A global shortage of materials which has caused unprecedented delays in producing new cars led the UK automotive industry to suffer its worst June for new car sales since 1996.
Registrations of new cars fell by about 24 per cent last month compared with June 2021, according to preliminary figures from the Society of Motor Manufacturers and Traders (SMMT).
Global shortages of components such as semiconductors continue to hamper manufacturers’ ability to fulfil demand, the trade body said.
Drivers are having to wait more than 12 months to take delivery of some models. “The longest lead times are now on the cheapest cars,” Steve Young, managing director of the International Car Distribution Programme, previously told The National.
Only about 800,000 new cars were sold during the first half of the year. That was a 12 per cent reduction compared with the same period in 2021, and represents the industry’s second weakest January-June performance since 1992.
Last week, the industry warned it was at a competitive disadvantage to the rest of Europe due to sharply rising energy costs.
Jim Holder, editorial director of magazine and website What Car?, said car buyers are being hit by a combination of issues.
New car orders are delayed, while rising energy bills are pushing up manufacturing costs, which is increasing prices.
“The result is longer waiting times on cars which will cost more to buy,” he said.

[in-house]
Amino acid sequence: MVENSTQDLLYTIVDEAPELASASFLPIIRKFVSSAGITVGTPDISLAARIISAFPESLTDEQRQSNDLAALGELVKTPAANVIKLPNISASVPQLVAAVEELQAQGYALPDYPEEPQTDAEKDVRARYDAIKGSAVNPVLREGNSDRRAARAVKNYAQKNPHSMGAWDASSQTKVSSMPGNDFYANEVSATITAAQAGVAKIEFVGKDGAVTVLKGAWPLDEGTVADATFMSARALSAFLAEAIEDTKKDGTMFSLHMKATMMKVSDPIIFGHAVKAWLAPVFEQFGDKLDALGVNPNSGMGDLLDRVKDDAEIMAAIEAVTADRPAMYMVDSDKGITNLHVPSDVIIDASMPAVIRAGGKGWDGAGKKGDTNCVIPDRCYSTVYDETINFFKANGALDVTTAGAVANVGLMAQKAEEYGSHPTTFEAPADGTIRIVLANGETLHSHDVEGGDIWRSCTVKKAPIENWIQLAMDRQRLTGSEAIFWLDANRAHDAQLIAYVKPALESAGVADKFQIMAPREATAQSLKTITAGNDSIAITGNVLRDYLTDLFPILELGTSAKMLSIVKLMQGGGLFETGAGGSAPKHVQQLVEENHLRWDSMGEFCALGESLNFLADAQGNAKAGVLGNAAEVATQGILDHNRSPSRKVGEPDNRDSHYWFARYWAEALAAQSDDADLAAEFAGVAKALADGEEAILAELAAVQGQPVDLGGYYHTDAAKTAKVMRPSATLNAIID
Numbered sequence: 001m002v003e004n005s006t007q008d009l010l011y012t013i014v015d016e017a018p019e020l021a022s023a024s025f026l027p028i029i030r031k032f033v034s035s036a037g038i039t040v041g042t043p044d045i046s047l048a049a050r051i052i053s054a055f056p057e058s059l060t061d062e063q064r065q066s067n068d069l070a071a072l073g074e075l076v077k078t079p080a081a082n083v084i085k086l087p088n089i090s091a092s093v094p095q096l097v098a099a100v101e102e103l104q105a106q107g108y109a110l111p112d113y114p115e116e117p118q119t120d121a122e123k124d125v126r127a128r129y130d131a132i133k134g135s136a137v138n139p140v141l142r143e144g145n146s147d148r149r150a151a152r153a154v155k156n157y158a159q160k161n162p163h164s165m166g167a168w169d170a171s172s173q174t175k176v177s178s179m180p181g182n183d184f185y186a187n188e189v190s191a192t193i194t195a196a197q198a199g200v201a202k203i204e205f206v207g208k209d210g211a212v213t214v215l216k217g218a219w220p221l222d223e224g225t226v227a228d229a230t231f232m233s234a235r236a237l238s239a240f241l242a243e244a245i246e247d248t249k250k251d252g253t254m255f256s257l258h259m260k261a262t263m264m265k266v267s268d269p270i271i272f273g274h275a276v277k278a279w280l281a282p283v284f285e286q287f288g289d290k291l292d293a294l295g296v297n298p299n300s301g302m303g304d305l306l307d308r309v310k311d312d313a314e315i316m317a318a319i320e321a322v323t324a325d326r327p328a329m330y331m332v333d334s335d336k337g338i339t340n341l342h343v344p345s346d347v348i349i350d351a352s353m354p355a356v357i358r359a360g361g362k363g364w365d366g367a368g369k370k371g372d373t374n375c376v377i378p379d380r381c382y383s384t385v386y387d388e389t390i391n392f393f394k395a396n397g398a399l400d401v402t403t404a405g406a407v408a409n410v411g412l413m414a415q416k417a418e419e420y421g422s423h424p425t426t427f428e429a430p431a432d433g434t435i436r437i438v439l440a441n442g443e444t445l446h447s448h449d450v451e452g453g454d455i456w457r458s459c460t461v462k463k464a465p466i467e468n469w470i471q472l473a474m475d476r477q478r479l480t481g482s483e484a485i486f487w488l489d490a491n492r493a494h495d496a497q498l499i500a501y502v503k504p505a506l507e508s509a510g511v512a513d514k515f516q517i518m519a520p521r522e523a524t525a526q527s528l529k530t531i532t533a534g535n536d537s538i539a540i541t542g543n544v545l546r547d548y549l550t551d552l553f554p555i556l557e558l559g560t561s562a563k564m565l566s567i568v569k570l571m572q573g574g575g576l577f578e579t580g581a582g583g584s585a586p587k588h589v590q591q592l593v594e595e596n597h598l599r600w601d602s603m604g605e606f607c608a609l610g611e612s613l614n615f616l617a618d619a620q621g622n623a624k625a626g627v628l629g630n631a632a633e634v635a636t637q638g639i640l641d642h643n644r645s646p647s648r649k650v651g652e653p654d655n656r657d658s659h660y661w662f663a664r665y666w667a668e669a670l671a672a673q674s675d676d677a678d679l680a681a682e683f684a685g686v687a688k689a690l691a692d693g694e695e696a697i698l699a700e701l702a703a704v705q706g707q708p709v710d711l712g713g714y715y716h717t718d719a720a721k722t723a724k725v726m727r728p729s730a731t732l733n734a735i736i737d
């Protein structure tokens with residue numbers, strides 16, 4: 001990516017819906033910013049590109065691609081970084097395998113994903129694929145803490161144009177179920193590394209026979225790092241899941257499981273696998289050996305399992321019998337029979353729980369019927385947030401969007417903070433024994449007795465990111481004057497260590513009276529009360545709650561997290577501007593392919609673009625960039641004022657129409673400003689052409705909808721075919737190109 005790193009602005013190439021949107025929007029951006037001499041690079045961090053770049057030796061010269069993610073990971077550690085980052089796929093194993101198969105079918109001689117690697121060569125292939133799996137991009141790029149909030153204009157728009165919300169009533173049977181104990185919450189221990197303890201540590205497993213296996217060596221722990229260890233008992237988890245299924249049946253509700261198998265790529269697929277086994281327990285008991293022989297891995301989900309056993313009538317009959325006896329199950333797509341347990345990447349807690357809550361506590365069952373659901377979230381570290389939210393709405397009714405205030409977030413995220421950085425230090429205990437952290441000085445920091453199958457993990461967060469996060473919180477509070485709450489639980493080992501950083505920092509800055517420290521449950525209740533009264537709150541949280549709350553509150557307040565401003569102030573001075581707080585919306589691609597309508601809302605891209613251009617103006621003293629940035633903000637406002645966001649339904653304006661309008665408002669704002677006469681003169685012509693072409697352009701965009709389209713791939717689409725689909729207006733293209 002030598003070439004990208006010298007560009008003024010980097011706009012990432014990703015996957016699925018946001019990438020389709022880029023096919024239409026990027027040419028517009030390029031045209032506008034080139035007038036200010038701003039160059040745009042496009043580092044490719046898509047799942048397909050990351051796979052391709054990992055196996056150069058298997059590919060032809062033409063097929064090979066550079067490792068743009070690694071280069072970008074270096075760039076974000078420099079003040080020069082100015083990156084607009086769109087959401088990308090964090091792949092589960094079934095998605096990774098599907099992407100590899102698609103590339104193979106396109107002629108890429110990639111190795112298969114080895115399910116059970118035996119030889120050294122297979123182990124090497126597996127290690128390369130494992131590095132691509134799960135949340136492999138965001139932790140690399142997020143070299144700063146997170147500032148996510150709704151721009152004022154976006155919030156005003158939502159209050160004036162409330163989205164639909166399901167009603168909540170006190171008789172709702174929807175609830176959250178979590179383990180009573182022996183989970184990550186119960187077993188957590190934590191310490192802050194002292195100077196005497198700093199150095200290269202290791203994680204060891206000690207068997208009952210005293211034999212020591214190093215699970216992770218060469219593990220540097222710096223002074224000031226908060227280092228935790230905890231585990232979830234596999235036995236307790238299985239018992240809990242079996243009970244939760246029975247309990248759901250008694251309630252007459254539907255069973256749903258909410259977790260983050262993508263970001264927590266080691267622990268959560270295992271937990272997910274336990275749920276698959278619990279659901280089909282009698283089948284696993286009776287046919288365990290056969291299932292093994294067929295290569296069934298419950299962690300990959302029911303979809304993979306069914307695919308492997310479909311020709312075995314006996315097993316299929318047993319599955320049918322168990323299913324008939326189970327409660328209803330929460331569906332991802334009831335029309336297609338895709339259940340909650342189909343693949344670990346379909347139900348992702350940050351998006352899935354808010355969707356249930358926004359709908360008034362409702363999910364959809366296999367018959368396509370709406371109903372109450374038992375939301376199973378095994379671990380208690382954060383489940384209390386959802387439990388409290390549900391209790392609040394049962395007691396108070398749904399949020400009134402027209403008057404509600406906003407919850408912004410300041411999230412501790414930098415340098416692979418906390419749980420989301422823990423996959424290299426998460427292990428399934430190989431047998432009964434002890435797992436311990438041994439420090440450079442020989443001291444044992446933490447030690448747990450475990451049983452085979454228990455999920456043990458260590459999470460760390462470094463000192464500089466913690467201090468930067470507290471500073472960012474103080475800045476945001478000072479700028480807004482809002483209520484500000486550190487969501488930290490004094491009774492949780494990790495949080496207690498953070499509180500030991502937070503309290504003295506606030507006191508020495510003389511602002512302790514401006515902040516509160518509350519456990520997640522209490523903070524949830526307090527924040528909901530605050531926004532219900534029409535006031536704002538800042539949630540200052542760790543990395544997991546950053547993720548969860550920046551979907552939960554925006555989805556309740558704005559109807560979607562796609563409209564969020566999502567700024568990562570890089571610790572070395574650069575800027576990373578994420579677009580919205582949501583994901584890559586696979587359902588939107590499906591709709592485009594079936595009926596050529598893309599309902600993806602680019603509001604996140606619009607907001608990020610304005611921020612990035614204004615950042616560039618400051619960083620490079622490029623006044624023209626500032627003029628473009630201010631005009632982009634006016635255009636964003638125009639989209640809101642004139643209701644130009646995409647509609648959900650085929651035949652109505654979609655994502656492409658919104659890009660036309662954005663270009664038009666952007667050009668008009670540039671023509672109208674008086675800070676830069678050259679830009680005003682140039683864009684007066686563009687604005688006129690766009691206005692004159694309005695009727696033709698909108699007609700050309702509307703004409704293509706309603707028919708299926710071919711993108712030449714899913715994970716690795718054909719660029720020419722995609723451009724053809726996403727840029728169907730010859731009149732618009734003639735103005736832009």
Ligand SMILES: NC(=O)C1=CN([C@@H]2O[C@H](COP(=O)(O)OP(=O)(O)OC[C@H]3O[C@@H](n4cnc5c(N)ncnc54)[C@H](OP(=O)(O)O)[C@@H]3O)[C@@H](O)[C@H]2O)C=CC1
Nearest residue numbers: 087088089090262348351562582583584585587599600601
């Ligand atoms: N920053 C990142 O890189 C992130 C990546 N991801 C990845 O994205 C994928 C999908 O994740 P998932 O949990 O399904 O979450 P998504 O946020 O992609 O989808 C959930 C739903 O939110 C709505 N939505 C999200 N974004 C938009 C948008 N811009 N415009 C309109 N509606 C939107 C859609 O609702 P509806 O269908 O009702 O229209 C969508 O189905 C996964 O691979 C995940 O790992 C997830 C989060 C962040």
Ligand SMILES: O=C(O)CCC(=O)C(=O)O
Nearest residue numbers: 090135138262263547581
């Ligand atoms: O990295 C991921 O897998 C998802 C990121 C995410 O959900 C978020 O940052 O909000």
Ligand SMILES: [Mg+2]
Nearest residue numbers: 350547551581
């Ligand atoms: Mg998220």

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Separate figures from green motoring consultancy New AutoMotive show 16 per cent of new cars registered in June were pure electric, up from 11 per cent in the same month last year.
The company’s co-founder Ben Nelmes said electric cars “defied gravity” last month, by “continuing to grow while overall new car registrations were down by a quarter”.
Rising petrol and diesel prices are “driving consumers towards electric cars” but the supply of vehicles “cannot keep pace with demand”, he warned.
“We hear that delivery times for electric cars are now between 40 weeks and a year.
“The supply of electric vehicles is the biggest barrier to cleaner road transport in the UK.”
The government is planning to adopt a zero emission vehicle (ZEV) mandate, which will require manufacturers to sell a certain percentage of those cars and vans from 2024.
Mr Nelmes urged ministers to ensure the level is “stronger” than the proposed 22 per cent, to “attract more electric vehicles to the UK”.
The UK has pledged to reach net zero for carbon emissions by 2050.
To help achieve this, sales of new petrol and diesel cars and vans will be banned from 2030.
The SMMT will publish final figures for June registrations at 9am on Tuesday.